They called me Johnny Appleseed, but my real name was John Chapman. I was born Sept. 26, 1774, near Leominster, Massachusetts. I was a pretty smart kid, and education made a big difference in my life. When I was 24 or 25, I became a nurseryman. That's someone who works with plants. I liked apple trees, and I planted them on the western side of New York and Pennsylvania. Some of the big orchards you can see there today started with my trees.
I was always looking for new places. In the early 1800s, I was one of the first to explore the rich, fertile lands south of the Great Lakes and west of the Ohio River when they were opened for settlers. They later called it the Northwest Territory - what became the states of Ohio, Michigan, Indiana and Illinois. I called this big territory home for almost half a century - that's 50 years.
The settlers named me Johnny Appleseed. Some called me the Apple Tree Man, because I had lots of apple trees to sell people so they could have their own orchards.
Here's how I did it: I went into the wilderness with a bag of apple seeds slung over my back. I'd walk around until I found a good place to plant my trees. Of course, I had to clear the land and chop brush and weeds by hand. Then, I'd plant my seeds in nice, neat rows and build a brush fence around them to keep animals from digging them up or eating them before they got a chance to grow. Some of my nurseries were about an acre or so. Others were quite a bit bigger.
I did it all by myself. I wasn't too lonely, though, because I had Indians for friends and wild animals for companions. I believed God would take care of me, and I lived by the Golden Rule: Always treat others as you want to be treated.
There's a story they tell about me that you might like: Once, I was caught in a really bad snowstorm and I took refuge in a big, hollow tree that had fallen to the ground. Boy was I surprised to find a mother bear and her cubs already in there! Still, I needed to get out of the snowstorm, so we just shared that tree all night long.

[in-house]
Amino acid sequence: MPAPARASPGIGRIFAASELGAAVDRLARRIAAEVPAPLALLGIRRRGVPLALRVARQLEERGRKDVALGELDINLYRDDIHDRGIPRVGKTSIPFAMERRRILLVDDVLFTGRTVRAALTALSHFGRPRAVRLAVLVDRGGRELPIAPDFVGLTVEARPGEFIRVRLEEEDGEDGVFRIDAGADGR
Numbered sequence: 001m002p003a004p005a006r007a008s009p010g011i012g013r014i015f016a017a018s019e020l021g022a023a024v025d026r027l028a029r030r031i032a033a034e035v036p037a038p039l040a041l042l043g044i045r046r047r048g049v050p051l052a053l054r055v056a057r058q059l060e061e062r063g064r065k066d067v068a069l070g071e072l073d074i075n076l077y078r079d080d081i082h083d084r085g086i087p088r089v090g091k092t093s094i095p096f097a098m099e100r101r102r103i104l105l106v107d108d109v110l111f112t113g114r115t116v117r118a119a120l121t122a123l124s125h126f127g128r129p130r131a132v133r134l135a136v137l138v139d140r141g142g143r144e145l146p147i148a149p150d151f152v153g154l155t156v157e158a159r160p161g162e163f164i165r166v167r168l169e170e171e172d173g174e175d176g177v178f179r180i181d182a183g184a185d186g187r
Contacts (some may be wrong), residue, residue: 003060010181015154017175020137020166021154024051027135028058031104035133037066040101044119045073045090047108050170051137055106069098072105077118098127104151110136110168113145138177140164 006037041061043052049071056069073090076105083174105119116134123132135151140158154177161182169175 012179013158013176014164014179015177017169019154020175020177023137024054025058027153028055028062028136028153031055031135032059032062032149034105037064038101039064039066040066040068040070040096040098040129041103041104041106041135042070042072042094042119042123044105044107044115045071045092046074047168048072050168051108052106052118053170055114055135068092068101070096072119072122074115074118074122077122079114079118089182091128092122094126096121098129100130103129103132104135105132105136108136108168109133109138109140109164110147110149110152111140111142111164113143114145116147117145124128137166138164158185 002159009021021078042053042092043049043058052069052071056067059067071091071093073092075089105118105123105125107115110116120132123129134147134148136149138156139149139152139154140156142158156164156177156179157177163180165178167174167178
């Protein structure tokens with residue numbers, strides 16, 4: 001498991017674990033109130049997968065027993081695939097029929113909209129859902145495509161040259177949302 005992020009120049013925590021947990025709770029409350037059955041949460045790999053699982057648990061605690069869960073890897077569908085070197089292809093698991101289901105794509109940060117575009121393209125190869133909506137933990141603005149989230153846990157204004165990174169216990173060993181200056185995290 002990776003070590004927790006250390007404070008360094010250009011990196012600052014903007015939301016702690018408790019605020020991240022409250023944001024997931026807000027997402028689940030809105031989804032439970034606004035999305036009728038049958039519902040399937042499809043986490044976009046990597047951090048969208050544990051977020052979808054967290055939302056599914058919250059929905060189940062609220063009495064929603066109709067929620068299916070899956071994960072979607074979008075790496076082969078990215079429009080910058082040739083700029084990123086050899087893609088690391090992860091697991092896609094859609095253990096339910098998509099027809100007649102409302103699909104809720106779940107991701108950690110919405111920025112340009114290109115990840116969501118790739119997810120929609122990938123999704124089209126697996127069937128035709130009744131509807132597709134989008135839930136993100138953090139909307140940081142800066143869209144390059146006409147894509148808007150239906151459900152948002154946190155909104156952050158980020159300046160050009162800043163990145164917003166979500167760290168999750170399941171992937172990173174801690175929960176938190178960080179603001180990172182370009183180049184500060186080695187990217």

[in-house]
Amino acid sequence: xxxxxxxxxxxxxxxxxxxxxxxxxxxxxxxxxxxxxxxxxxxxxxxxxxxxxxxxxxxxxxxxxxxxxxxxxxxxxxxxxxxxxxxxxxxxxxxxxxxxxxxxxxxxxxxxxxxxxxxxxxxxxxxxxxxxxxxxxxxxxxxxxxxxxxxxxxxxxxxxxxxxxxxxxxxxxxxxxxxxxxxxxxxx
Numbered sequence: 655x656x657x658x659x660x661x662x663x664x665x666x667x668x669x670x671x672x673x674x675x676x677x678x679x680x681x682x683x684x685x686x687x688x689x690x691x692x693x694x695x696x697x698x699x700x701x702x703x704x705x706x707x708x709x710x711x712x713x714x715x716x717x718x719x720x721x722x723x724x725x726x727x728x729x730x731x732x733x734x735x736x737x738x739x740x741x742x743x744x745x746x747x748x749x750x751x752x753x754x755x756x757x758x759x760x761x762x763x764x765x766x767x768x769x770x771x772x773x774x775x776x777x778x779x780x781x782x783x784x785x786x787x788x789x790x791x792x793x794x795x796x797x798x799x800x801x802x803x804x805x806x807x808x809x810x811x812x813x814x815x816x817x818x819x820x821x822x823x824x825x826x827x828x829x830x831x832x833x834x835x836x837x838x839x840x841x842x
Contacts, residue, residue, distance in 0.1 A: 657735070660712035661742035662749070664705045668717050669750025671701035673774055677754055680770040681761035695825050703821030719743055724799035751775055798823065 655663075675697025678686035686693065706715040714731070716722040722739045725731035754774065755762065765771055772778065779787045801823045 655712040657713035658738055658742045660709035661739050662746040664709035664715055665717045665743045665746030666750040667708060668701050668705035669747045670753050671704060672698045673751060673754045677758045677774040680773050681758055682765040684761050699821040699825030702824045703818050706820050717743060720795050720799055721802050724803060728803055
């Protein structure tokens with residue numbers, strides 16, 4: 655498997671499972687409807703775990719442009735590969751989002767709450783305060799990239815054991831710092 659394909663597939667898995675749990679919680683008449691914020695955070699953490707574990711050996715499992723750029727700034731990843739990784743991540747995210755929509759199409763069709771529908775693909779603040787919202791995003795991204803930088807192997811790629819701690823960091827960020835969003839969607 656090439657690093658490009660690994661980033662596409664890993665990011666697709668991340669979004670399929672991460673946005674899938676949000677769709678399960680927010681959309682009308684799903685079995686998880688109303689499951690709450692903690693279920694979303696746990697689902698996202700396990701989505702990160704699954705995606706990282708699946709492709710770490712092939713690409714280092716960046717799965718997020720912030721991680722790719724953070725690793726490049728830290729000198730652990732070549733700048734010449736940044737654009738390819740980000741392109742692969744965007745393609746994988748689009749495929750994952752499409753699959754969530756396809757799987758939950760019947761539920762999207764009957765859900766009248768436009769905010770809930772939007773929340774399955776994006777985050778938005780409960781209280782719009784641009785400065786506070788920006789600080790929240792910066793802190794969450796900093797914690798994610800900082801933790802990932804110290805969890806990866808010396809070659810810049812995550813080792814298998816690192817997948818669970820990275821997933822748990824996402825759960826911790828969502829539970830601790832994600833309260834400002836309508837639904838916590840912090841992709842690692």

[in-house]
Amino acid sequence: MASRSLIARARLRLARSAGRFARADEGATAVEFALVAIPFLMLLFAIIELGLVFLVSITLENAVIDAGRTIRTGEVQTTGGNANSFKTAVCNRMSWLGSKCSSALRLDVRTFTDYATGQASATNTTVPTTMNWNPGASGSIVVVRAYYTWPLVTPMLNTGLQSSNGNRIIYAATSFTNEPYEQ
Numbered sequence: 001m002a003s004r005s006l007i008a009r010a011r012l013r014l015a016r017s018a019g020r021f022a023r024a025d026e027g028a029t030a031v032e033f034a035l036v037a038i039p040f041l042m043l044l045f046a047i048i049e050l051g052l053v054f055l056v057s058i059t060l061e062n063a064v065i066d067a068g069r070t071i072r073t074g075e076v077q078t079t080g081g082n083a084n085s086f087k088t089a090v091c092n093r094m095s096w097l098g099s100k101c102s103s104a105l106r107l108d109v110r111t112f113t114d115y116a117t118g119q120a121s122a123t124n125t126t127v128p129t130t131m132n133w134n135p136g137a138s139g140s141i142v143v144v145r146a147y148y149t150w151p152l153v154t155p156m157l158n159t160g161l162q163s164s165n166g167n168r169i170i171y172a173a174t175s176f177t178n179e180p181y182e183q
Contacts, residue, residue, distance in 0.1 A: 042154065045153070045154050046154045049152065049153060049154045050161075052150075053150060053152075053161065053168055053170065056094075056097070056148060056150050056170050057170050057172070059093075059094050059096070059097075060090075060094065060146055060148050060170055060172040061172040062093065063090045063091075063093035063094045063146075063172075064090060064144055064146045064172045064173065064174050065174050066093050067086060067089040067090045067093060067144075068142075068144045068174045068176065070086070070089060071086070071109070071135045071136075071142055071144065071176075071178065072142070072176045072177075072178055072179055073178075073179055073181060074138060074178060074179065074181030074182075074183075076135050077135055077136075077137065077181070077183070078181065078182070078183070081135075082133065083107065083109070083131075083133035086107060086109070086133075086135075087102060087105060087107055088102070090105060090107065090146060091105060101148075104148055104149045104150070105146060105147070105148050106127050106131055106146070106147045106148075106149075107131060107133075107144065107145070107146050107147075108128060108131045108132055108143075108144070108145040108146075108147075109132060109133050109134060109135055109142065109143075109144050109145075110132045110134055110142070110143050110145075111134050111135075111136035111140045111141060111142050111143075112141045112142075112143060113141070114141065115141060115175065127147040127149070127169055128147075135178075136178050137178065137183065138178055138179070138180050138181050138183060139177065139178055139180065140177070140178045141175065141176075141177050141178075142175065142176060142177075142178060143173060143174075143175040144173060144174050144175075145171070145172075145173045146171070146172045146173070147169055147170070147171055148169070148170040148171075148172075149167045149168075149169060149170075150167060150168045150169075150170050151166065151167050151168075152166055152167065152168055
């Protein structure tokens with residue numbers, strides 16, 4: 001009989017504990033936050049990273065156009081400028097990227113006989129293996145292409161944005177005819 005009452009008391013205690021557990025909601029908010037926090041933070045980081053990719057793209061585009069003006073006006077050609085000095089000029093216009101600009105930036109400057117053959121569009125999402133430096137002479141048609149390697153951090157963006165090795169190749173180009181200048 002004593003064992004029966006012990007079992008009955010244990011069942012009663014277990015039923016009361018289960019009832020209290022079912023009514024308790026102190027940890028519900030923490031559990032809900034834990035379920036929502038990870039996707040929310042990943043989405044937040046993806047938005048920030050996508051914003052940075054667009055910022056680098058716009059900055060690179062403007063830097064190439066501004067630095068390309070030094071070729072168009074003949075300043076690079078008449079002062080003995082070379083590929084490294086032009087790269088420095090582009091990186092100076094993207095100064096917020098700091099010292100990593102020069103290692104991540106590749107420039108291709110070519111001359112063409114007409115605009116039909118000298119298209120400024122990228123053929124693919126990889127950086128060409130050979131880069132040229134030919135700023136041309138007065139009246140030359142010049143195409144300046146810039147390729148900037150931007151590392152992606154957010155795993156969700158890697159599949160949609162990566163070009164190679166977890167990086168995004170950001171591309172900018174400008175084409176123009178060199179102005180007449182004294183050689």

It wasn't always an easy life, but all I had to do was think about that wilderness filled with the sweet-smelling blossoms of apple trees, and think about how delicious those apples would be to the families who planted them around their log cabins, and I knew it was worth it.
I only charged a few pennies each for my trees, so everyone could afford fresh fruit. Some people had no pennies to spare, so I let them have their trees and told them they could pay me later. Not everybody could, but I had the satisfaction of knowing the trees were growing tall and strong, and that made me happy.
My life wasn't easy, but I loved it. I carried around a stewpot or kettle with me everywhere I went. I didn't eat meat, so I gathered berries and nuts. Sometimes people would give me milk from their dairy cows and potatoes from their gardens. Those were real treats.
Most of the time, I walked on my journeys, but I sometimes used a canoe or raft to help carry my load of seeds and seedlings along the rivers. I'd get those seeds from the cider presses of Pennsylvania, where they used machines to help turn apples into a wonderful drink called apple cider.
I never found a wife nor had children, but I had more friends than most people. Many of my friends were children, like you, who are fun to be around. Their families invited me to dinner at their homes and let me tell stories.
I lived a long, happy life, living in the great outdoors and enjoying the majesty of God's creations, until He called me home on March 18, 1845.
I hope you've enjoyed reading my story, and that you will remember that one person can make a big, big difference in the world. Just think of how many thousands of people planted my trees or ate my apples!
Ask your Mom and Dad if they know who Johnny Appleseed is, and see what they say. Maybe someday, people will be telling the story of your life!